Cheating in Relationships
Relationship cheating is a very common occurrence. If you haven’t experienced it yet, there’s a good chance you eventually will. In this article we’ll explore how often cheating occurs, how to define cheating, signs of cheating, and how to deal with it.
Although I personally prefer non-monogamy, I opted to write this article using a monogamous perspective since that seems to be the more popular relationship paradigm. Given the frequency of cheating in monogamous relationships, it would appear that true monogamy isn’t as common as people would have each other believe.
Frequency of Cheating
I found it difficult to track down good cheating statistics. This seems to be partly because people have a hard time being completely honest, even when surveyed in ways that safeguard their anonymity. There’s still some shame and guilt associated with admitting the truth, even in private. So instead of sharing a bunch of detailed stats that might be wrong, I’ll simply share the big picture elements.
Slightly more than half of all married people will cheat on their spouses at some point in their lives. Men apparently cheat more often than women, but the gap isn’t huge.
Most of the time cheating does occur, the other spouse doesn’t know about it, with women being in the dark slightly more often than men.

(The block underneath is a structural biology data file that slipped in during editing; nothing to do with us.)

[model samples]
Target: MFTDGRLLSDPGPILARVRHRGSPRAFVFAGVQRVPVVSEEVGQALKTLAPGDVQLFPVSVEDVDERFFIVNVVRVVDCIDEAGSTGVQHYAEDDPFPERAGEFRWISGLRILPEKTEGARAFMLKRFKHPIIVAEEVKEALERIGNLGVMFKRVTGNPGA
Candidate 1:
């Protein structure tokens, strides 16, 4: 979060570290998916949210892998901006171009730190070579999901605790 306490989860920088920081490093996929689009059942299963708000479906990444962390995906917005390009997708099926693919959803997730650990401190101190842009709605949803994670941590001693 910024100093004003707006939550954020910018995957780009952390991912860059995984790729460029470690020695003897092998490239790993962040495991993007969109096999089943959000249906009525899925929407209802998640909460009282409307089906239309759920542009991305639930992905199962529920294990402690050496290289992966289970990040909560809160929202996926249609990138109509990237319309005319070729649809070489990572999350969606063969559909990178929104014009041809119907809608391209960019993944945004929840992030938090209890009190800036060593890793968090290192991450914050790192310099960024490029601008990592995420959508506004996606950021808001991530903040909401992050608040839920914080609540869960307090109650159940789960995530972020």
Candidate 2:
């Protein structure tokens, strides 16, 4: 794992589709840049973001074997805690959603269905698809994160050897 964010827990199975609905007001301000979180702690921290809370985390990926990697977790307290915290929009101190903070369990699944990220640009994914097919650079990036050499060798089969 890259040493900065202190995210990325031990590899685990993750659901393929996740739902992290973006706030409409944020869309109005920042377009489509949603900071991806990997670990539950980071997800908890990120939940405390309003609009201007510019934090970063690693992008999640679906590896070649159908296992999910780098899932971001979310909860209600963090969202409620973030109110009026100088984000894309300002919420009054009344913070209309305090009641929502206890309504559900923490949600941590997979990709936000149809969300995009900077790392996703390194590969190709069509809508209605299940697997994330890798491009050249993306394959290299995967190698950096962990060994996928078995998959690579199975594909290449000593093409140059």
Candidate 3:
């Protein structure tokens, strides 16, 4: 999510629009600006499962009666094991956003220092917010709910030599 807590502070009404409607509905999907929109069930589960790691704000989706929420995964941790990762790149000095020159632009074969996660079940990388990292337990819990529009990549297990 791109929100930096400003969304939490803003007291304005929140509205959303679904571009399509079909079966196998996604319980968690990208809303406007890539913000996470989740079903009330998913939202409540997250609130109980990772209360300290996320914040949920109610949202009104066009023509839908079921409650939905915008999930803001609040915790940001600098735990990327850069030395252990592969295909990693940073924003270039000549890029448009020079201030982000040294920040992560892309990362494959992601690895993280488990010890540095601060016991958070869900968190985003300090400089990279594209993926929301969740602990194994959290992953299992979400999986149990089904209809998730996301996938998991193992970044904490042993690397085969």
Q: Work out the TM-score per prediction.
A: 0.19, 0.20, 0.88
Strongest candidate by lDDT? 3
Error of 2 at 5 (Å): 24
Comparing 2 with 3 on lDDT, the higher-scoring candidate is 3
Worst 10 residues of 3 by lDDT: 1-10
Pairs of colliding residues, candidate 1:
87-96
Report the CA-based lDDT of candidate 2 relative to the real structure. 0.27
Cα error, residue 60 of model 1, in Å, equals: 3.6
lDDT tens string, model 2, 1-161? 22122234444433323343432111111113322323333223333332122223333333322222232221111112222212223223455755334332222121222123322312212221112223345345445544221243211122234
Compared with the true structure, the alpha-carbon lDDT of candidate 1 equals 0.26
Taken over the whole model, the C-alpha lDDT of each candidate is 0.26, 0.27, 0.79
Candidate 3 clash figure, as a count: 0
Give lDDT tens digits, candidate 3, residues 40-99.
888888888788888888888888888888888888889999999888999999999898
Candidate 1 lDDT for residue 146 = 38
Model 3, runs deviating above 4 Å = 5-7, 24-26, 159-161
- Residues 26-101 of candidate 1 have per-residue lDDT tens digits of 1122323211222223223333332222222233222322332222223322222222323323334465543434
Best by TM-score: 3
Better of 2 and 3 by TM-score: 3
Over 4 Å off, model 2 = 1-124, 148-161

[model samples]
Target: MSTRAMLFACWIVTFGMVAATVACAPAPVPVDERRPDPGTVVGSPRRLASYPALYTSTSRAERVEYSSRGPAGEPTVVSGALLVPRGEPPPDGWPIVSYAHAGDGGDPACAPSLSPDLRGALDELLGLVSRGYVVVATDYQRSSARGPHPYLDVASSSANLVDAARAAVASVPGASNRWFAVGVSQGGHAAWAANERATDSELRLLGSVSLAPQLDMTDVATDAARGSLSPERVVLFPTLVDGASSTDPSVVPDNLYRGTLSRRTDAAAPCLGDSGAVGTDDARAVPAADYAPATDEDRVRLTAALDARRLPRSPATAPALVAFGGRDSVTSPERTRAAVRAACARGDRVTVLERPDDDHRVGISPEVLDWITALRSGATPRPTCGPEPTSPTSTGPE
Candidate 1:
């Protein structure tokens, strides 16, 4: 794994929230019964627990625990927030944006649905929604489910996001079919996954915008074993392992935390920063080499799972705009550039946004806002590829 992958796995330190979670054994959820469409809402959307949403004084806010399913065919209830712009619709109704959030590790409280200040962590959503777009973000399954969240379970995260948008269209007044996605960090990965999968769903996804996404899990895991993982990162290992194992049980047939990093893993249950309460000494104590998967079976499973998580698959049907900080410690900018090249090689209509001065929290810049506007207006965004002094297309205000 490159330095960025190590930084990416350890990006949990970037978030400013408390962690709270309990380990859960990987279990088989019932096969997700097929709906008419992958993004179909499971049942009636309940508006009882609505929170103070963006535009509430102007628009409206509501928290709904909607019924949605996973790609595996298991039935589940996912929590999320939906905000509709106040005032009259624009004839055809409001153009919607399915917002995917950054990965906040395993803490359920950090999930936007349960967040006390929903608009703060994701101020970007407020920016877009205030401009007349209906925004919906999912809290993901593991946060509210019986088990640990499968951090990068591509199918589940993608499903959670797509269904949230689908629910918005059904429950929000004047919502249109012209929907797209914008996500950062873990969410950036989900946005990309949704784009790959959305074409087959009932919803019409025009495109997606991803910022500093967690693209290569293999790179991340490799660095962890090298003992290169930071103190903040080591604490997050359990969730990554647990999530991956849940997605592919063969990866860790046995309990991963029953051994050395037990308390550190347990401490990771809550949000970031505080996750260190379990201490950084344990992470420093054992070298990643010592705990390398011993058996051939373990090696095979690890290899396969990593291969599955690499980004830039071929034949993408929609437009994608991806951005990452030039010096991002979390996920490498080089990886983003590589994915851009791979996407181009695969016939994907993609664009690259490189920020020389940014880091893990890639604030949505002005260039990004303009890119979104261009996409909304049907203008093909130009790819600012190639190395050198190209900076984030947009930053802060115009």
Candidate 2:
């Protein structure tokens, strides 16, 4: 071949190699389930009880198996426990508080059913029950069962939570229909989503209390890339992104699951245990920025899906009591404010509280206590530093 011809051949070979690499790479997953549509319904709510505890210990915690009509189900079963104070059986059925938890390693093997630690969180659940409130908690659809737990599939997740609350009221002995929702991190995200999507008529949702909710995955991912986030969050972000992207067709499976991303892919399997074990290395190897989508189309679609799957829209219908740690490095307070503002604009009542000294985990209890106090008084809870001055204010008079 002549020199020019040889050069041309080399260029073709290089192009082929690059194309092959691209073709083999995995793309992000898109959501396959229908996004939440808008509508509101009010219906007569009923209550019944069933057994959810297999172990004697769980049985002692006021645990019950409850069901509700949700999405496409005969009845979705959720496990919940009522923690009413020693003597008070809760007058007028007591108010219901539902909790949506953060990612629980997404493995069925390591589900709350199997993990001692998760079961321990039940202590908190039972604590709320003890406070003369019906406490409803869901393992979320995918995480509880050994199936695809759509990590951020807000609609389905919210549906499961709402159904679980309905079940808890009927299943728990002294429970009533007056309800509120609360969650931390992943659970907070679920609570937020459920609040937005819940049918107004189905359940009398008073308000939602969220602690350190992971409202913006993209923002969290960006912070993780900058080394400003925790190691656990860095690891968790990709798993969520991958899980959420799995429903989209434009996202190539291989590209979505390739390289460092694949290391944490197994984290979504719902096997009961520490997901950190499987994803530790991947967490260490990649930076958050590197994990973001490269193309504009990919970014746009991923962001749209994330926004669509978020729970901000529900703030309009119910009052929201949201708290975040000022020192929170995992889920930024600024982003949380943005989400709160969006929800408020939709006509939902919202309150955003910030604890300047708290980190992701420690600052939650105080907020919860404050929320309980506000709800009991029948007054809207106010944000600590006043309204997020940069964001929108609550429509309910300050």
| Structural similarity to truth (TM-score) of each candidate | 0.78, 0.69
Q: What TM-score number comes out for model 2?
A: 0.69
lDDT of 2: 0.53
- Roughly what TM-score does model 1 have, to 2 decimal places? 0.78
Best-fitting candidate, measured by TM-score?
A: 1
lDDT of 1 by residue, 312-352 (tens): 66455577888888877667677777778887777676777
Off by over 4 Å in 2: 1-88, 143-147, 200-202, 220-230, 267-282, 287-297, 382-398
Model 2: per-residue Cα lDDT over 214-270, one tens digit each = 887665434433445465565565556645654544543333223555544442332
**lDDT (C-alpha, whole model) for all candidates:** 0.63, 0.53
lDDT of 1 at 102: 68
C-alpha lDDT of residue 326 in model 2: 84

That’s if you’re married. If you’re in a committed relationship but aren’t married, then I’d imagine that the odds of cheating are even higher. Partly I say that because cheating is more common when you’re younger and becomes less likely as you age.
The big game-changer here is the Internet, which makes even 10-year old stats seem very dated now. Recents surveys suggest that most people have flirted online at one point or another, that when people spend time in chat rooms they’re usually motivated by romantic or sexual interest, and that about a third of adults have had real sex as a result of a connection that began online.
In the USA alone, tens of millions of people cheat on their primary relationship partners. Cheating is very, very common. Most of the time when people cheat, they hide it from their partners, and they usually succeed in doing so, not because they’re so great at keeping secrets but mainly because their partners fail to recognize and acknowledge the telltale signs.
Suffice it to say that cheating is rampant.
Statistically speaking, if you get involved in committed relationships or marriage, the odds are better than 50-50 that you’re eventually going to cheat at some point in your life. And you’ll probably hide it from your primary partner, and you’ll probably get away with it.
Of course you can decline to join this group if you so desire. However, there’s still a good chance you’ll end up in a relationship with someone else who’s a member, and you probably won’t know. Or you’ll know, but you’ll retreat into denial about it.
What exactly constitutes cheating? Not everyone defines cheating the same way. Society may condition us to think of cheating a certain way, but deep down we may not feel the same.
Have a heart to heart talk with your partner, and define what you would consider cheating. Your answers don’t have to be the same.